how do we decide which
rescue cases to accept?
rescue cases to accept?
On a daily basis, right across Bulgaria, there is a shockingly high number of heartbreaking cases of animal abuse, abandonment and senseless cruelty – not just with dogs, but also cats, donkeys and horses as well.
This is a daily reality as those of us working in animal welfare in the Balkans know very well.
For us to say no to accepting every single case is emotionally painful but with our single sanctuary, which at its absolute maximum can possibly house 200 dogs with a good quality of life (we have about 120 at the moment as new yards are still under construction), the physical reality is that we simply cannot take on every rescue case, at least not yet.
Here is the exact criteria – in priority order – that we use to determine whether we take in a new rescue case (assuming we have any available space or are likely to soon):
1. EXTREME RISK TO ANIMAL: for example:
– Is the animal in immediate danger of death e.g. survivor of a shooting attack by dog-hating locals (like Shara in the image above, she has bullet fragments in her face and chest that are inoperable – she is a wonderful, loving dog, by the way) or,
– Chained up without food or water in a forest somewhere like Fuzzy in the video below, or,
– The dog may be in an extremely malnourished state, barely moving, possibly lame in one or more legs and has little chance for survival without help.
2. HIGH RISK TO ANIMAL: for example:
– Has the dog’s owner died and now there is nobody to take care of the animal? or,
– Is the dog a newly dumped arrival in an area where the established homeless packs are very aggressive to this newcomer?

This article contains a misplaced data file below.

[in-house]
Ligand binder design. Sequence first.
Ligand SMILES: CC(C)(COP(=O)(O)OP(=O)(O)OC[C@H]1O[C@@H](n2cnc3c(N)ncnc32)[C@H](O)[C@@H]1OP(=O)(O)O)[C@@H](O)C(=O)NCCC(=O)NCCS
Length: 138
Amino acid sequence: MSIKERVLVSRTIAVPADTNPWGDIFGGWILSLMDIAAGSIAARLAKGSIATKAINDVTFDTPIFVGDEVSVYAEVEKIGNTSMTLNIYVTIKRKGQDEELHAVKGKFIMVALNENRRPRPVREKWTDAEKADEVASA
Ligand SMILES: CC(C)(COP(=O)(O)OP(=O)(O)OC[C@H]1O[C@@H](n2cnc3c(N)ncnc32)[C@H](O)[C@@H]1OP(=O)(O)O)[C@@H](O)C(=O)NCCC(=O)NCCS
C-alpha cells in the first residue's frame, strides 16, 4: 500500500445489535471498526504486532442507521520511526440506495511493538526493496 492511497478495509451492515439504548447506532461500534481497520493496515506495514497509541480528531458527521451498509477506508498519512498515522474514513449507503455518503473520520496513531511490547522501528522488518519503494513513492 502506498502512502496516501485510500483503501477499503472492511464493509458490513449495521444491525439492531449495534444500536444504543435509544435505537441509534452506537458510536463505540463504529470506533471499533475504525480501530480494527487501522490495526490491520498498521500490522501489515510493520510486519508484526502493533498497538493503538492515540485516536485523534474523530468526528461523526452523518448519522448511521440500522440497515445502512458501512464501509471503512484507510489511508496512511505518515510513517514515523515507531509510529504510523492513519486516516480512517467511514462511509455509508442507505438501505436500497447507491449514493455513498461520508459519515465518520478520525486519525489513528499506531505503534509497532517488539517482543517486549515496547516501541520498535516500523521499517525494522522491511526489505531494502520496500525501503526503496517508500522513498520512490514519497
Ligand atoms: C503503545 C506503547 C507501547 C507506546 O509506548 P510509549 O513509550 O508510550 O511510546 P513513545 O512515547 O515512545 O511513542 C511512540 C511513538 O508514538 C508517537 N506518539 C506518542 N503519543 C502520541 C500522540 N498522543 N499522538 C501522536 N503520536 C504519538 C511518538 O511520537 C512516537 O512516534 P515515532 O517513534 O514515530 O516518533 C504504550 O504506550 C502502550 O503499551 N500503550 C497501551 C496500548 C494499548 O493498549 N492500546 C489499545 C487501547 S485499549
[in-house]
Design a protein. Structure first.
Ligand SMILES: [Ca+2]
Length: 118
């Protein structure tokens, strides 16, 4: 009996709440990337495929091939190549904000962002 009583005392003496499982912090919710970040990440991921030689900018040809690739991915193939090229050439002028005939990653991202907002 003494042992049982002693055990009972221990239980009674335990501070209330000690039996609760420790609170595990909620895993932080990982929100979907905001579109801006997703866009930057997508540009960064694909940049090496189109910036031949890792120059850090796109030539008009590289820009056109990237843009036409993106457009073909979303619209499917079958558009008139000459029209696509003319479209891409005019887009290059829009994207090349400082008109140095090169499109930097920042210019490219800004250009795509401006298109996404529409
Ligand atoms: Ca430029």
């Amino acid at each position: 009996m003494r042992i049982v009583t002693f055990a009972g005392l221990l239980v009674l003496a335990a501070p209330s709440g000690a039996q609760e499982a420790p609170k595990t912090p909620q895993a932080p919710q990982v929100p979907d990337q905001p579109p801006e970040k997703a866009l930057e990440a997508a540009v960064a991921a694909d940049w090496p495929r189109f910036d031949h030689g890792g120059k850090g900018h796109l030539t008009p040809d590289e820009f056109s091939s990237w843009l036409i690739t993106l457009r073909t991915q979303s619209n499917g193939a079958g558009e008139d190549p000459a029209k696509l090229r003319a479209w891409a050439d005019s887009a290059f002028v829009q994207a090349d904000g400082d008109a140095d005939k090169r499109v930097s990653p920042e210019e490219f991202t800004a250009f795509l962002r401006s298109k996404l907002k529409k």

3. DUMPED PUPPIES?
– Puppy dumping by irresponsible pet owners is very common in Bulgaria (these pet owners still refuse to ever get their dogs castrated and just flick the problem and expense to organizations like Every Dog Matters). Caring for puppies from a very young age is expensive as treatments for parvovirus and other likely illnesses + preventive vaccinations all add up. Should you find dumped puppies, you can contact us via our Facebook page here or through firstname.lastname@example.org to check our current capacity. Often we can help but sometimes we are completely overwhelmed and cannot take in any more puppy groups. When we can’t help, we recommend other organizations and Facebook Groups that may be able to help. In Sofia, the municipality runs a dedicated shelter for puppies here.
IMPORTANT: Currently we are unable to take in newborn puppies under 21 days old as these have very special requirements. In such cases, these newborn puppies can be taken to a vet clinic and this Facebook Group here also specializes in newborns (kittens and puppies).
Also, many homeless dogs live relatively stable lives in city neighborhoods where the locals help them and these are not a high priority for us. Often these homeless dogs are good friends with local pet dogs and even play together. This is more common in Sofia where some homeless dogs have kennels to sleep in and are well fed by the neighbors.
Every rescue case that we take on adds considerable financial expense to our organization. If you can help financially and/or through volunteering with us, this enables us to help more at-risk dogs. Our donation information can be found here.